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Old 11-13-2014, 06:11 PM   #341
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^ That stuff on Aspartame and gut flora... I want to know what species help with glucose tolerance, and how I can get them.
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Old 11-13-2014, 06:12 PM   #342
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This PhD nutrition/cancer researcher chick has made an awesome series of short videos:
https://www.youtube.com/user/FoundMyFitness/videos
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Old 11-20-2014, 04:18 PM   #343
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Cool Stuff. Related but not related to the origin of this thread.

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Old 11-22-2014, 10:05 PM   #344
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This girl is annoying but the information is compelling.

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Old 11-23-2014, 03:15 PM   #345
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This girl is annoying but the information is compelling.

Dr. Terry Wahls' Protocol That Reversed Multiple Sclerosis - YouTube
tl;dw. give cliffs.
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Old 11-23-2014, 09:52 PM   #346
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tl;dw. give cliffs.
Eat spinach, Popeye.
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Old 01-08-2015, 02:47 PM   #347
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7 Common Calorie Myths We Should All Stop Believing | Mark's Daily Apple

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Many people think weight loss is simply about cutting calories. They believe that to lose weight, you must reduce calories (either eat less or burn more), to gain weight you must add calories, and to maintain weight you keep calories constant. To these folks, calories in, calories out is the only thing that matters. They usually oppose the Primal Blueprint because they assume that we “deny” the importance of calories in weight loss.

Well, they’re wrong. I don’t deny the importance of calories. Calories absolutely count. And if someone has lost weight, they have necessarily expended more calories than they consumed. That said, there are some major misconceptions about calories, body weight, fat loss, and health. These calorie myths are often rooted in truth but presented in black-or-white terms that are useless at best, harmful at worst, and do little to help the average person lose body fat.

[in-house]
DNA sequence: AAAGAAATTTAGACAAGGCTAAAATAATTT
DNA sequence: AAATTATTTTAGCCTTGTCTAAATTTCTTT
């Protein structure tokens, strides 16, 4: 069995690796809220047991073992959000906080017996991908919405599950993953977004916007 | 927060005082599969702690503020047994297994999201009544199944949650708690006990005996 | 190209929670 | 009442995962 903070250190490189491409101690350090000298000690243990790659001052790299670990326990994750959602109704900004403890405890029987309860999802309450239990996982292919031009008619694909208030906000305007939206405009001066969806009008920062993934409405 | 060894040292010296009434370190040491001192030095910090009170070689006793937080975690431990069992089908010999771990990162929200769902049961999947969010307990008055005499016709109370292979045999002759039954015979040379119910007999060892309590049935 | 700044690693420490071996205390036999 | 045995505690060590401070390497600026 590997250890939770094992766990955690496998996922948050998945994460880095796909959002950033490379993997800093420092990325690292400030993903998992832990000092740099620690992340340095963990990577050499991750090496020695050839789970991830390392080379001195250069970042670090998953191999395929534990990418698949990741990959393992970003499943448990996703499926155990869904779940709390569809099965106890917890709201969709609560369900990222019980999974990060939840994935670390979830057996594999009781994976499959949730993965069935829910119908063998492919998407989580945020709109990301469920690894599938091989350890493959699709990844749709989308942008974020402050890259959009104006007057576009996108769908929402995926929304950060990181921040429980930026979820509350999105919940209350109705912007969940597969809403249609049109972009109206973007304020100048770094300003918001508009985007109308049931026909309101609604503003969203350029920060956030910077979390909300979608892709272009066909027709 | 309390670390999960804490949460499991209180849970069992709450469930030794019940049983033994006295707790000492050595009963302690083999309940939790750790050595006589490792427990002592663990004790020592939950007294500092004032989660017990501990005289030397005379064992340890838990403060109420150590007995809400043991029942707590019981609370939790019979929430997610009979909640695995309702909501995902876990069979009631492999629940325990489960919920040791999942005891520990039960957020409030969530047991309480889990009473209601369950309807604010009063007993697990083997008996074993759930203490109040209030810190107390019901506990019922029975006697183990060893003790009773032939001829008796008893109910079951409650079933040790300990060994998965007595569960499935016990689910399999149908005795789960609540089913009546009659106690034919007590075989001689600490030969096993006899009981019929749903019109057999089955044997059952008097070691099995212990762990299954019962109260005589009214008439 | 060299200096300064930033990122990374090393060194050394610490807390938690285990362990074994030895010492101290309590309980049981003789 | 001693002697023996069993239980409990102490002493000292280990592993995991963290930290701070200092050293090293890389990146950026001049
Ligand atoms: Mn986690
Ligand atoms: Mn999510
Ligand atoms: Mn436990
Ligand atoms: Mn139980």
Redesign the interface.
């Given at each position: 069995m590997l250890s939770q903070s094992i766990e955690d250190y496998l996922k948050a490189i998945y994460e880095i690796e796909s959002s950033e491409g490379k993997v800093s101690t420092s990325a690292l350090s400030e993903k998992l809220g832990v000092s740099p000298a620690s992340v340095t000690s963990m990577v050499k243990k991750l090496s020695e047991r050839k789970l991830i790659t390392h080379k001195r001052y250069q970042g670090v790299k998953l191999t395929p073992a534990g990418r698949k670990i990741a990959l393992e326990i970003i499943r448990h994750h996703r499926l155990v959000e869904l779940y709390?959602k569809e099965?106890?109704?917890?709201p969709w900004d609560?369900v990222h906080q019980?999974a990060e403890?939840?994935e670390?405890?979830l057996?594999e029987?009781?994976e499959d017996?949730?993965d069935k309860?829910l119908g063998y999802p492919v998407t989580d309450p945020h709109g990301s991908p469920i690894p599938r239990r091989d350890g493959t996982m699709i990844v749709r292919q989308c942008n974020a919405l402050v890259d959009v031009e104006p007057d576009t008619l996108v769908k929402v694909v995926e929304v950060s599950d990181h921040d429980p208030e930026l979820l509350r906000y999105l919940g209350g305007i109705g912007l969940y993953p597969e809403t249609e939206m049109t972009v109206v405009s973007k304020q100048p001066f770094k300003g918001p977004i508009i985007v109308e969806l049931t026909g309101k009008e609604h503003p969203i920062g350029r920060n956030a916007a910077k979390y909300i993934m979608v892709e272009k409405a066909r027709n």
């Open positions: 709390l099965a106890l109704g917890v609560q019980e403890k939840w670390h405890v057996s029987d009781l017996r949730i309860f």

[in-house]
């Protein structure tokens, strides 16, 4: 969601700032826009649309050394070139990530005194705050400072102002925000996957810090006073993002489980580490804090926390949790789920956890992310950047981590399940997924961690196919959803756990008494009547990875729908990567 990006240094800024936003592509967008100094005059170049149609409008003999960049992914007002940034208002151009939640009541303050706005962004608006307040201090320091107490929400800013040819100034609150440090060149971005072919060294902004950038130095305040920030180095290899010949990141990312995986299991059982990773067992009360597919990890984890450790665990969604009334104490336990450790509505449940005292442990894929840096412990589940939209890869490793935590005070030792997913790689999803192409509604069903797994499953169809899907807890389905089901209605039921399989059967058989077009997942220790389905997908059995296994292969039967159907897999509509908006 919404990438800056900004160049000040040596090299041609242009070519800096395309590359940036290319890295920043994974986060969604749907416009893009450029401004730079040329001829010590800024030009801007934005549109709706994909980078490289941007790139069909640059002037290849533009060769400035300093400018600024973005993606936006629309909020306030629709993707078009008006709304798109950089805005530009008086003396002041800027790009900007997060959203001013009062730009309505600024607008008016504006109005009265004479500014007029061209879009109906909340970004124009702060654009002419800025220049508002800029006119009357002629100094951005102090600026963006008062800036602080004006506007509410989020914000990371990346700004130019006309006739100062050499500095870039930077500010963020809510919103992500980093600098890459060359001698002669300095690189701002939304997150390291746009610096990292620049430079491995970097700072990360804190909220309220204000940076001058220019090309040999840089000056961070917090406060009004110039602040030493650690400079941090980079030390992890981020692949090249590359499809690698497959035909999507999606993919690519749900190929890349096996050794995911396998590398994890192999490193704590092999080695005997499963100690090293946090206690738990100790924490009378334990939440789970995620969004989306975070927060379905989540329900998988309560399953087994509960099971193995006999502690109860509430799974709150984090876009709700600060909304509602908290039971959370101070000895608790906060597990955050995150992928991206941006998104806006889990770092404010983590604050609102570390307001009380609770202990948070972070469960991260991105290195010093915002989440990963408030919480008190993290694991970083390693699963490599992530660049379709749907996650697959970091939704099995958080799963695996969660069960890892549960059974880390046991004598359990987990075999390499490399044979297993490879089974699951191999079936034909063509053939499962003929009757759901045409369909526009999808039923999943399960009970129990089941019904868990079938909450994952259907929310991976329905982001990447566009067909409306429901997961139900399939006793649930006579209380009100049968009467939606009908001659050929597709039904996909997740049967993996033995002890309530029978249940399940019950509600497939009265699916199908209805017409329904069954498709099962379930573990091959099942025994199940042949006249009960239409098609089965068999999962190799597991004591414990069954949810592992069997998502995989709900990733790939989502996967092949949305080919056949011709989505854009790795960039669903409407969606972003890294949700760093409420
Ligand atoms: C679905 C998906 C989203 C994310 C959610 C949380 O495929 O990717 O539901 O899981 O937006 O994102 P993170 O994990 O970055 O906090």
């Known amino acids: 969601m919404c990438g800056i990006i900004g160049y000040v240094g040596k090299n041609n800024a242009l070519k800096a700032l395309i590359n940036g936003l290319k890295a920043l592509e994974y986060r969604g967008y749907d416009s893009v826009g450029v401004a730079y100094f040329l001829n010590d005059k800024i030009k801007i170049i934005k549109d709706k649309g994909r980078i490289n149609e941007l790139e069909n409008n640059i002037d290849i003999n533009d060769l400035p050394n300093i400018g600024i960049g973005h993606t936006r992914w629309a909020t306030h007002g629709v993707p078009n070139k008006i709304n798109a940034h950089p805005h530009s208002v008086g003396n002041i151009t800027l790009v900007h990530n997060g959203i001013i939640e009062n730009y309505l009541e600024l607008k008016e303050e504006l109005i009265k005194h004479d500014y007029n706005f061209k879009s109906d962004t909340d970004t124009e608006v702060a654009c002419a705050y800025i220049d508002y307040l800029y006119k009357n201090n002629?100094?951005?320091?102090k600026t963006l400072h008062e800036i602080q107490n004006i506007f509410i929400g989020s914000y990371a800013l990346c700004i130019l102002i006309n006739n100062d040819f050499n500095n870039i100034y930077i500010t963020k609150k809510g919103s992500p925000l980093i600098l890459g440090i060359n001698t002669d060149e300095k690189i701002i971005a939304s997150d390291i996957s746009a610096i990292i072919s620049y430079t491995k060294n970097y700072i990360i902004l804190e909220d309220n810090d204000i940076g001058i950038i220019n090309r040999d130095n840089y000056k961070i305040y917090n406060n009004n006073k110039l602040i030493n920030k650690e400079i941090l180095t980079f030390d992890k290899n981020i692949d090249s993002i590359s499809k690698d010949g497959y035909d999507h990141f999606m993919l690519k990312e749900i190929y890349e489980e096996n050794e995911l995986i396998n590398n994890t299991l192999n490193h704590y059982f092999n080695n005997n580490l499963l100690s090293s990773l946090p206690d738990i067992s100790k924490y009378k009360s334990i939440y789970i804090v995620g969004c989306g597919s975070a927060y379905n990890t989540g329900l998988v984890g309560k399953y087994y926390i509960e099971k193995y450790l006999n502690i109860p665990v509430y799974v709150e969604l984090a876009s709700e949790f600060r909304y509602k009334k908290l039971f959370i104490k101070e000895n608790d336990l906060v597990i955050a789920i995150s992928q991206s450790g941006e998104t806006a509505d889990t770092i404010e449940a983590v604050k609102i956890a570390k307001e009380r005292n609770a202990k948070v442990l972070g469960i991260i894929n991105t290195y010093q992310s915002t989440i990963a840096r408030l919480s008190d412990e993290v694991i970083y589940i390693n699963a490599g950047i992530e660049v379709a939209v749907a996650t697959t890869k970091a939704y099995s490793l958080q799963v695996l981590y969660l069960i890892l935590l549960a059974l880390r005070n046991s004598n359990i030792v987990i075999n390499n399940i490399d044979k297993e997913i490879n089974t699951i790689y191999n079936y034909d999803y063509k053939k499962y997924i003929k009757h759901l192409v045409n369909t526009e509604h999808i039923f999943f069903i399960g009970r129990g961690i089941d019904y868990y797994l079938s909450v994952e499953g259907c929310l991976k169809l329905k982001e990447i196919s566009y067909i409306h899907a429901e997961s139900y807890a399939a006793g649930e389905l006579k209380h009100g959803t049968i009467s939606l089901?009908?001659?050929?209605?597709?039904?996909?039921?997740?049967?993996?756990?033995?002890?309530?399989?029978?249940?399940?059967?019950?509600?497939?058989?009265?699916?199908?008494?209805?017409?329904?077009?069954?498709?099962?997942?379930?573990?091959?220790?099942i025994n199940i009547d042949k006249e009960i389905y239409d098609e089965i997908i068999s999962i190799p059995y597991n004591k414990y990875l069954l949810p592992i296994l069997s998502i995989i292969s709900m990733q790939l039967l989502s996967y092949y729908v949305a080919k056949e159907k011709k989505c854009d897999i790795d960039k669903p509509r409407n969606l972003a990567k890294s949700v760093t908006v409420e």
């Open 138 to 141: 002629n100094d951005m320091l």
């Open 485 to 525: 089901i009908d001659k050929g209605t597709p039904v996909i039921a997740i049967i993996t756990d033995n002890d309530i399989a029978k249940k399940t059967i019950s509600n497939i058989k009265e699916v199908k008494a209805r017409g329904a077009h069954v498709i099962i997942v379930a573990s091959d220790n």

Let’s dig right in.

Calories in, calories out is all you need to know.

Simple is nice. Simple is good. But overly simple is dangerously inaccurate, so let’s break this statement down.

What does “calories in” refer to?

Calories in — what we eat. We can’t metabolize sunlight or oxygen. We can’t feast on the souls of the damned. The food we eat determines “calories in” entirely. Simple.

“Calories out” is where it gets confusing. There are several components to “calories out”:

Resting energy expenditure — the energy used to handle basic, day-to-day physiological functions and maintenance
Thermic effect of food — the energy used to digest food and process nutrients
Active energy expenditure — the energy used during movement (both deliberate activity like lifting weights, jogging, and walking, plus spontaneous activity like shivering and fidgeting)
Not so simple, is it? There are a lot more variables to consider.

Oh, and about those variables…

Calories in and calories out are independent variables.

That would be nice. You could drop energy intake and maintain your resting metabolic rate while burning the same amount of energy digesting food (even though you’re eating less of it) and working out. The fat would melt off at a predictable, constant rate. Anyone with basic arithmetic skills (or a calculator) could become a successful weight loss coach and very few people would be overweight.

In reality, the amount and type of calories we eat affect the amount of energy we expend:

During calorie restriction, the body “defends” its body weight by lowering resting metabolic rate and reducing spontaneous physical activity. To keep weight loss going, you often have to lower food intake even more (to counteract the reduced metabolic rate) and remind yourself to fidget, tap your feet, twiddle your thumbs, and shiver (to recreate the missing spontaneous movement). And you have to do it again when the body readjusts.

Whole foods take more energy to process and digest than processed foods. In one example, subjects either ate a “whole food” sandwich (multigrain bread with cheddar cheese) or a “processed food” sandwich (white bread with cheese product). Both meals were isocaloric (same number of calories) and featured roughly identical macronutrient (protein, fat, carb) ratios. Those eating the multigrain sandwiches expended 137 calories postprandially (after their meal). The white bread group expended only 73 calories, a 50% reduction in the thermic effect of food.

Protein takes more energy to process and digest than other macronutrients. Compared to a low-fat, high-carb diet, a high-protein diet increased postprandial energy expenditure by 100% in healthy young women. And in both obese and lean adults, eating a high-protein meal was far more energetically costly (by almost 3-fold) than eating a high-fat meal.
Calories in affects calories out. The two variables are anything but independent of each other.

Weight gain is caused by eating more calories than you expend.

Calorie fetishists love pointing out that weight gain requires overeating. That is, everyone who gains weight necessarily ate more calories than they expended. Okay. We’ve established that everyone agrees on this. But it’s just restating the issue. It doesn’t tell us anything new or useful. It’s merely descriptive, not explanatory.